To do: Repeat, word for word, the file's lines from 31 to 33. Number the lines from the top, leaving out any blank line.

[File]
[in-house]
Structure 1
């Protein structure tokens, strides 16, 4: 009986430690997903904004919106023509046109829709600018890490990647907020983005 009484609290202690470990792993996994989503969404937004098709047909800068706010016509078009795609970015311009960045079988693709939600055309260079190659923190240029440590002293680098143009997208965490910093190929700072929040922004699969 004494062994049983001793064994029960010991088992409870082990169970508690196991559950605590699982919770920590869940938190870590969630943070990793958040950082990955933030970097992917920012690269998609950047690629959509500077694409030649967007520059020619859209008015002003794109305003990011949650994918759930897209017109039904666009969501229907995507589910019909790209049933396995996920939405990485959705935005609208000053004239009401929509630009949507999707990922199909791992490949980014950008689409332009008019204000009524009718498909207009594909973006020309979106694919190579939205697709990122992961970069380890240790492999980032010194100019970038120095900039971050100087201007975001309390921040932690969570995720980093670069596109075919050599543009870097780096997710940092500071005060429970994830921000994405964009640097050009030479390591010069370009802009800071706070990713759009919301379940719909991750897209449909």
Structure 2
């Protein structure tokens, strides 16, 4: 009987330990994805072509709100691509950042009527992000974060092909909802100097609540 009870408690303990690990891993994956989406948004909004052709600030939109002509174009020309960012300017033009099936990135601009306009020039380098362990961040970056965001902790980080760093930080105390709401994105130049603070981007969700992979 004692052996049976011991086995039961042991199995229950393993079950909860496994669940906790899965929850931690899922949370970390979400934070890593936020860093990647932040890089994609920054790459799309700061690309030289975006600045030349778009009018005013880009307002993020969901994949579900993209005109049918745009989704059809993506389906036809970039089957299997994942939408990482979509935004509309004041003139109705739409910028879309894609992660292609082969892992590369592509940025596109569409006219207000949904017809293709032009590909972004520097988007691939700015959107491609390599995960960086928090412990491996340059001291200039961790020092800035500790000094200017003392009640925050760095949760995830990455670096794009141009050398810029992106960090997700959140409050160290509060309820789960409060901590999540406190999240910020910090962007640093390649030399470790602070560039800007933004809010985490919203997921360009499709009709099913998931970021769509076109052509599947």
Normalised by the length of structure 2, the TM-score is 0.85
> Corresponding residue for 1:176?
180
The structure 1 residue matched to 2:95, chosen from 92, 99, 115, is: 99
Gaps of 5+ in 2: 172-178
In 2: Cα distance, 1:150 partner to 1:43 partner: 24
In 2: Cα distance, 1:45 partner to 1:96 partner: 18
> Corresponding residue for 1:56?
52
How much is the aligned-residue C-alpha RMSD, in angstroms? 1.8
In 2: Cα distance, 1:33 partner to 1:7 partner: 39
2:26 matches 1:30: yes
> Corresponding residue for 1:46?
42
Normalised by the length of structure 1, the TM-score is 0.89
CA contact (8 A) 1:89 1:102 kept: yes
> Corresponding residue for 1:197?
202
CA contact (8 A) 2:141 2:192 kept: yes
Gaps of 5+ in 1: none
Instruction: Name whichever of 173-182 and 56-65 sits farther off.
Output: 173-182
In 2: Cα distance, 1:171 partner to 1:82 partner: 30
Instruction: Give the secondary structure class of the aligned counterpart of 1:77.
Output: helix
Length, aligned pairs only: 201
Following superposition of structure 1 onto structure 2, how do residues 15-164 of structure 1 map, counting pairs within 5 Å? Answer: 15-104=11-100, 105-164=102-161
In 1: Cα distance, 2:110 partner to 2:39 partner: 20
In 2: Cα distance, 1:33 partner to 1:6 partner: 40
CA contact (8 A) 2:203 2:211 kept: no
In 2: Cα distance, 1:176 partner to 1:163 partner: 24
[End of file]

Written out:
Length, aligned pairs only: 201
Following superposition of structure 1 onto structure 2, how do residues 15-164 of structure 1 map, counting pairs within 5 Å? Answer: 15-104=11-100, 105-164=102-161
In 1: Cα distance, 2:110 partner to 2:39 partner: 20